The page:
Tuesday, April 9, 2013
Babesia: an example of failed “evidence based medicine.”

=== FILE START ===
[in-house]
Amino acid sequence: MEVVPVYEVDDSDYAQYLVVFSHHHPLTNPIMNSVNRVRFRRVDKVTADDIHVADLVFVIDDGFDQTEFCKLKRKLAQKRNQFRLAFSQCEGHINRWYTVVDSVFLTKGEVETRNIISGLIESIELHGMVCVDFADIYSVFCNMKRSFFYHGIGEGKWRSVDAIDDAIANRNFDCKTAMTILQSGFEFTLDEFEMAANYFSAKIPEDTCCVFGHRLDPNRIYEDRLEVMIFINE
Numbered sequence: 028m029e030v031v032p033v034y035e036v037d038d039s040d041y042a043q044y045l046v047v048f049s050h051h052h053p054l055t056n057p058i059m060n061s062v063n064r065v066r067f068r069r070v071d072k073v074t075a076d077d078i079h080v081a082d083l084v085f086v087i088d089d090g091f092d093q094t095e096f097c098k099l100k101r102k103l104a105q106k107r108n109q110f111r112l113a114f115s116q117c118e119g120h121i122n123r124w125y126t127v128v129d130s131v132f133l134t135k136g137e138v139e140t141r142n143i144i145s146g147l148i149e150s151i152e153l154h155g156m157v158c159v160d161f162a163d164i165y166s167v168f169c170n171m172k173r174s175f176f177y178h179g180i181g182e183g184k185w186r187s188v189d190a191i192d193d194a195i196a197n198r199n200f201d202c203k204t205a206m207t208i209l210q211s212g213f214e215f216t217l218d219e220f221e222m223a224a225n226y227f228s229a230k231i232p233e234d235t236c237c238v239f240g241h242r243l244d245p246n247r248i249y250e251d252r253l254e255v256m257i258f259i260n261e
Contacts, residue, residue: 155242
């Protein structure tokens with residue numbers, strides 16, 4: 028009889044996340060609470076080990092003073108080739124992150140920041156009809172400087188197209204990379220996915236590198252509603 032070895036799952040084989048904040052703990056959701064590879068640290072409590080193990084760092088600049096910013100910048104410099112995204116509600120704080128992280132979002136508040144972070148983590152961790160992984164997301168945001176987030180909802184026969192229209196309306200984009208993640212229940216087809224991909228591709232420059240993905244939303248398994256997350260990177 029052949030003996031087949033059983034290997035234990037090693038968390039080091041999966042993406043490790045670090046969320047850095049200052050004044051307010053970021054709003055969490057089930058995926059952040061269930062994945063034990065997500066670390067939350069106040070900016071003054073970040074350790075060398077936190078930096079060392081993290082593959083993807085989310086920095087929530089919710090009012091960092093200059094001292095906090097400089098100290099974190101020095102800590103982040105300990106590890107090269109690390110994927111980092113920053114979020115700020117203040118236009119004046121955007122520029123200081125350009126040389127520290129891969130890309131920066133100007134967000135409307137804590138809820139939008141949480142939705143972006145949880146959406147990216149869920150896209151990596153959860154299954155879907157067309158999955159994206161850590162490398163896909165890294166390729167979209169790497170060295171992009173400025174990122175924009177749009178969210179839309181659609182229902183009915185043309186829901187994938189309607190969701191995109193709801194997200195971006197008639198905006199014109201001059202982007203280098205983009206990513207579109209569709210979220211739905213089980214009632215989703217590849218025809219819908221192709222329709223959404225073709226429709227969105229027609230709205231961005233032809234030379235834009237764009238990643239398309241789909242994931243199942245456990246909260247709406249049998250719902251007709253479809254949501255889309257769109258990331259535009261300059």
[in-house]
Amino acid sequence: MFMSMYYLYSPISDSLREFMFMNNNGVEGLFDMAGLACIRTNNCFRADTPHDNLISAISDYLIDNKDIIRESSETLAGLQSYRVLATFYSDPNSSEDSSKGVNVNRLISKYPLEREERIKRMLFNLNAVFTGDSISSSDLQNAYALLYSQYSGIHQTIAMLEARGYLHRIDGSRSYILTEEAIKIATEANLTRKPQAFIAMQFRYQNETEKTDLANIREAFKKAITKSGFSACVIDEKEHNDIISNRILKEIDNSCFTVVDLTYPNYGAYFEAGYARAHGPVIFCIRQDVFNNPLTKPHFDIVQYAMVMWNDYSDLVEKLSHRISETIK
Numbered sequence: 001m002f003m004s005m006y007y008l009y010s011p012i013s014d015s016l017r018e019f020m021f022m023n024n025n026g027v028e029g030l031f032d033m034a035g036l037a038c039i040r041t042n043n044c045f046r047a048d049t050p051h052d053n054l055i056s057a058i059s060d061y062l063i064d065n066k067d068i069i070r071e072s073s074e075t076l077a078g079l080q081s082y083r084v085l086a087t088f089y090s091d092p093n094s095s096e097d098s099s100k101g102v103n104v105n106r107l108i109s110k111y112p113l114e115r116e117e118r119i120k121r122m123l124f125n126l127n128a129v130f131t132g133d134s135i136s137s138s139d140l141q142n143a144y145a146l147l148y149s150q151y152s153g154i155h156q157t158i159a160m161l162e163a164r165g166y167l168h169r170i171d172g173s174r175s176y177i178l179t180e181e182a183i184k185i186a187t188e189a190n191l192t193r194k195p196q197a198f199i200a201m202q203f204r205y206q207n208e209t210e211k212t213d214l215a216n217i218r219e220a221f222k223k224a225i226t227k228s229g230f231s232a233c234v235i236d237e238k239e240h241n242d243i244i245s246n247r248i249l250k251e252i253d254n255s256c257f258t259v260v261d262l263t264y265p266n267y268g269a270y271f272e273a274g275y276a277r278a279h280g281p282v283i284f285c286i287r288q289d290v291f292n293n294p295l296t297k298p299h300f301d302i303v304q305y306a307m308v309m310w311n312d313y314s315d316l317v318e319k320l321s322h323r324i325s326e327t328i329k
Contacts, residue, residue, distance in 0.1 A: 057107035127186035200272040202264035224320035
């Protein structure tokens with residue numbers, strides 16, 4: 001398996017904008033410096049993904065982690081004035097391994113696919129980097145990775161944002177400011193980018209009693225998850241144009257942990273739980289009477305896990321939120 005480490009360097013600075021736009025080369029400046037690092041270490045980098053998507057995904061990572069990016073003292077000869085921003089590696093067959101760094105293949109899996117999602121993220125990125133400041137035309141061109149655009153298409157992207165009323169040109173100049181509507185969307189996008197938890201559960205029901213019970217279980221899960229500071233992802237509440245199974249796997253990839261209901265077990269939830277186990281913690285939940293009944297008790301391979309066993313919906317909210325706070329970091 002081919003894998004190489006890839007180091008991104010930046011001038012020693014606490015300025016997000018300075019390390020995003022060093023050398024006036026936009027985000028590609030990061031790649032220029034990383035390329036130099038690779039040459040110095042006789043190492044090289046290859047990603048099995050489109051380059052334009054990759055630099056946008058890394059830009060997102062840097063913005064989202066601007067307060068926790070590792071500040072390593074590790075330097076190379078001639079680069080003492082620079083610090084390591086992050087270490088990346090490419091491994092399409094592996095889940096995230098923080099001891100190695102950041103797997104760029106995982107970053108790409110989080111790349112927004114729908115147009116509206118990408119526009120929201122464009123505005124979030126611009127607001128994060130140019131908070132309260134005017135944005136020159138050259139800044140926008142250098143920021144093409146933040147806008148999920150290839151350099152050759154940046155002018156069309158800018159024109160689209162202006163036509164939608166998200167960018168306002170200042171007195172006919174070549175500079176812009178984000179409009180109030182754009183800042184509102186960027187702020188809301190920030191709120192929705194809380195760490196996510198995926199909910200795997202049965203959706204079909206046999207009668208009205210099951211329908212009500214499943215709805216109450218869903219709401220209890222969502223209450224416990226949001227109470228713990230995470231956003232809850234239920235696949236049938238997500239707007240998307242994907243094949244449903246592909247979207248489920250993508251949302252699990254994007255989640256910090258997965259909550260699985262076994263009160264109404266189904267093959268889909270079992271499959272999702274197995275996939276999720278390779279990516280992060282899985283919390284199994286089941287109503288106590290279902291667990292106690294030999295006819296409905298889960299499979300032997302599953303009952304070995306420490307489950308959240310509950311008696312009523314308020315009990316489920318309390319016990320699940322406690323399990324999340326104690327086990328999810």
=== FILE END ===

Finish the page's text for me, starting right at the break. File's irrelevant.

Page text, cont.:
When I was a 3rd year med student, some 33 years ago, we wouldn’t be having this conversation. Medicine, as practiced at that time would have understood we are in the midst of a devastating epidemic. Medicine, as an art, was practiced in a slower, more methodical fashion - when MRI machines, managed care, the debasement of physicians as “providers” and “evidence based medicine” were not on the horizon. In an era devoid of CT scanners patients were admitted to hospitals for diagnostic evaluation - old fashioned tools (and emerging technology) were at least equal partners. The new and improved practice of medicine is “evidence based,” which encompasses the opinions of experts as evidence. Evidence is not truth. Evidence relates to facts or interpretations of facts. Inevitably, the “truth” hinges on which evidence one chooses to consider. Medicine is ever evolving: the state of the art is always a moving target. The clinical practice of medicine should consider evidence from a wide variety of sources. Studies in laboratory animals is evidence. The clinical experience of many patients and physicians is evidence; and published studies are evidence. In the final analysis: medicine is still at its core, a healing art; it is not a science. When I was a medical student a patient suffering with multiple complaints: fatigue, fevers, sweats, headaches, shortness of breath, joint and muscle pain, numbness and tingling, mental changes, hallucinations - would be seen as sick - not crazy, because of a life-long relationship with a personal physician who knew the patient well. Patterns would be uncovered with many patients admitted to hospitals with overlapping features. I think blood would have been examined by non-rushed, hospital employed pathologists looking for parasitic illness: a basic tool. Malaria-like parasites within red blood cells would be seen: Babesia species. In “Clinical Vaccine Immunology,” November 2010, the authors report that evidence of Babesia duncani was found in 2% of blood donor samples and 27% of clinical samples. B. duncani was found to be distributed throughout the United States, including my state of Maryland. Contrary to dictum, Babesia microti was found much less frequently. In the Medscape “peer reviewed” reference, April, 2012, “Drugs, Disease and Procedures,” Dr. Cunha,and colleagues provide a topical summary of Babesiosis. Other, CDC accepted species of Babesia, MO1, CA1 and Divergens have been shown to cause human disease in the United States for which do not test at all. In Europe, human disease is associated with various species, including B. bovis, once only known as a cattle disease. (B. divergens, also from cattle, is the predominant agent). The authors report B. microti and “B.microti-like agents” in Europe causing human disease. At least one unknown Babesia species has been linked to human disease. Over 100 species of Babesia are known to exist. The 27% number for B.duncani presented above, may represent only be the tip of the iceberg. Currently used high tech procedures: IFA, PCR, FISH are of limited diagnostic value. The definitive diagnosis of Babesiosis hinges on the observation of organisms seen in a fresh (less than an hour old) meticulously stained blood smear, carefully screened by an experienced observer; numerous fields, over 100 must frequently be screened. Degraded blood smears examined by busy, mill lab techs are of no value. Bartonella are much easier: species jump off the slide as soon as you look. In bygone days, physicians used the tools readily available: a tuning fork, a stethoscope, a microscope and something else, much more important - our brains. In this day and age of “evidence based medicine,” where medicine is considered a science; where limited studies(which are not science) are taken out of context, the results of which unreasonably generalized; where physicians work on corporate/HMO time clocks; where the autonomy of individual physicians has been relinquished to “the experts;” where doctors are encouraged not to think for themselves; where medicine has become a job, not a calling; where the art of medicine has been tossed out like the proverbial baby in the bath water - much is lost. Discoveries which might otherwise be clear, are lost in the muddied waters of “mainstream” medicine, blinded by a dysfunctional system and by its own arrogance.